Nicola Cortese - the enigma in charge of Saints
7:57am Wednesday 15th January 2014
7:57am Wednesday 15th January 2014
WHO is the enigma that is Saints chairman Nicola Cortese?
Adam Leitch profiles the man in charge at St Mary's who is being linked with a role at Italian giants AC Milan ....
Rewind almost four years to Friday, May 29, 2009. Nicola Cortese’s phone rings. It’s bad news.
Mr Cortese, a Swiss bank executive, is told that a rival group have been given a 21-day exclusivity period to buy Southampton Football Club after stumping up a £500,000 non-refundable deposit.
Mr Cortese’s initial reaction is shock.
He and the Swiss billionaire Markus Liebherr were convinced they were only minutes away from entering exclusivity themselves, and securing ownership of the financially troubled League One club.
After a brief discussion with Mr Liebherr, who had only shortly before accompanied Mr Cortese to England for a tour of the club and the surrounding area, they forgot about it for three weeks, keeping little more than a watching brief on developments.
Fast forward to today.
The rival bid collapsed and Mr Cortese is now the executive chairman of Southampton Football Club, a forward thinking Premier League side whose rise through the divisions has been as fast as it has impressive.
Mr Liebherr passed away a little over a year after completing the purchase and installing Italian born Mr Cortese to his role to oversee developments.
Since Mr Liebherr’s passing it has been one man driving the whole show.
That man to many is an enigma.
A 44-year-old former Swiss banker who lives in a £1.7m mansion in Chilworth, drives an Aston Martin and who appears to enjoy the finer things in life, and yet |is no fly by night party animal, living |as he does with wife Alexandra and |their two children who are now at school in Hampshire.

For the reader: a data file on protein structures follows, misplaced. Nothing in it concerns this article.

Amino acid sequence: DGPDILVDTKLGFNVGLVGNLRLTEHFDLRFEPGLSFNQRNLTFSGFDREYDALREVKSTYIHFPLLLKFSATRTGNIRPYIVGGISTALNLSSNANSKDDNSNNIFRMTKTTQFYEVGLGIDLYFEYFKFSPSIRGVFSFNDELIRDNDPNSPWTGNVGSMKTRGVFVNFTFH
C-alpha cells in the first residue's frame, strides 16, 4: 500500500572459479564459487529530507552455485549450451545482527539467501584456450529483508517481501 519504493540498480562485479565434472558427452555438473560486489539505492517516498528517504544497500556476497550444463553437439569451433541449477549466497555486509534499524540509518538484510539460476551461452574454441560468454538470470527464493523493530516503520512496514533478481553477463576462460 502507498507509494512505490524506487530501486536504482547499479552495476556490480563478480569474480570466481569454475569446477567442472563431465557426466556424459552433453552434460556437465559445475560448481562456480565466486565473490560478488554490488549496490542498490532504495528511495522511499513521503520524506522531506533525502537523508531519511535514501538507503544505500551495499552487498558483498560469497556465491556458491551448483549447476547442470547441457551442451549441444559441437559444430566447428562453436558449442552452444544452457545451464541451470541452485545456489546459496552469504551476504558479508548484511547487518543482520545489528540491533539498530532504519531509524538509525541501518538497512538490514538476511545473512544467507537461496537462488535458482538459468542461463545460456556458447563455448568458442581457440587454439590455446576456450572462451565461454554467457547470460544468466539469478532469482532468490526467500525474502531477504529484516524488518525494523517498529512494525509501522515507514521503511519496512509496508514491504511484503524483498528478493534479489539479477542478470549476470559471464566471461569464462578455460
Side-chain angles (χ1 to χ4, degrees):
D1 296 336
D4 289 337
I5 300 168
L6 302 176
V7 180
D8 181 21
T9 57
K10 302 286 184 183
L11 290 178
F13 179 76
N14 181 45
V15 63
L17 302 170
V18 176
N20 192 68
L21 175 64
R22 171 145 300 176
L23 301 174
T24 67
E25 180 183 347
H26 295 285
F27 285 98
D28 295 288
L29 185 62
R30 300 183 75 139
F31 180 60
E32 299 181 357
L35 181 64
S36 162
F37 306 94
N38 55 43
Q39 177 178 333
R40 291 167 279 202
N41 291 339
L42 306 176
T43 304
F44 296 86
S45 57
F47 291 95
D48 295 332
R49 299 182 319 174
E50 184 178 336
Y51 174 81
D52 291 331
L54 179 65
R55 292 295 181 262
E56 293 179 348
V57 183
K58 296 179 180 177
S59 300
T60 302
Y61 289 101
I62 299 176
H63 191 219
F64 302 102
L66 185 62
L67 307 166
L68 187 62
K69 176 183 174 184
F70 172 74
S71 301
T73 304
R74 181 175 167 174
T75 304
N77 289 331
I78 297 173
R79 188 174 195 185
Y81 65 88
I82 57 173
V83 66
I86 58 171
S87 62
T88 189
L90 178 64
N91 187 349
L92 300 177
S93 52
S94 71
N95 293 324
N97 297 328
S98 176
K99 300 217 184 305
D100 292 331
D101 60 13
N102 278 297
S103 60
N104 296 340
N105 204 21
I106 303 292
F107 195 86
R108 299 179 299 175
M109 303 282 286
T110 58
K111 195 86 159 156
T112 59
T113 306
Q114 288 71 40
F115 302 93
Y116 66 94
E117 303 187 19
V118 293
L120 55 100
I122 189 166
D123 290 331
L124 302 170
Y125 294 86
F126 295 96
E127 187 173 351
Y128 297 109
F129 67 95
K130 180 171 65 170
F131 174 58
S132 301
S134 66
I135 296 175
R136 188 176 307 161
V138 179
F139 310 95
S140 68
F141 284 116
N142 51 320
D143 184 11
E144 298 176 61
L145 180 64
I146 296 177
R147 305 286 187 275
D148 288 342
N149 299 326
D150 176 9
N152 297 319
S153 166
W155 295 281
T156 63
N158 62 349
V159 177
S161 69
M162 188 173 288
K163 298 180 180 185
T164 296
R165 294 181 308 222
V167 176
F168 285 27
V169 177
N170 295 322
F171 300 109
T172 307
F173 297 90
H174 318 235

Indeed, he has also shunned the limelight enjoyed by previous chairmen, with predecessors such as Rupert Lowe and Leon Crouch having been regulars on Southampton’s black tie dinner circuit during their tenures at the helm.
It’s just not his way, but nobody could argue with the results.
To see Mr Cortese on match day at St Mary’s, so often sat with an empty seat either side of him, one of which is kept vacant in memory of Mr Liebherr, you get the sense of somebody who is in control, who doesn’t need an entourage of 'yes' men with him the whole time.
Whatever anybody may think of him, good or bad, Mr Cortese knows his mind, and is very much in charge.
Fans often believe that many of the decisions that filter down to them wouldn’t be taken by Mr Cortese, rather some flunky lower down the food chain. They would generally be wrong.
Mr Cortese isn’t at St Mary’s every day, but his power is far reaching and he takes a personal overview of almost every decision taken, no matter how ~|big or small.
Even the size and shape of the Christmas tree in the St Mary’s lobby apparently attracted his attention one year.
That is Mr Cortese, a man of exacting standards, a perfectionist perhaps, |who has proven time and again at |Saints to be ruthless and determined to get his way and push the club forward no matter what.
Staff have come and gone, with a number of potential employment tribunals settled not long before a hearing, an indication of his willingness to make change.
His ways have led the club’s greatest ever player, Matthew Le Tissier, to deem him “not a very nice human being”.
But you cannot argue with his success.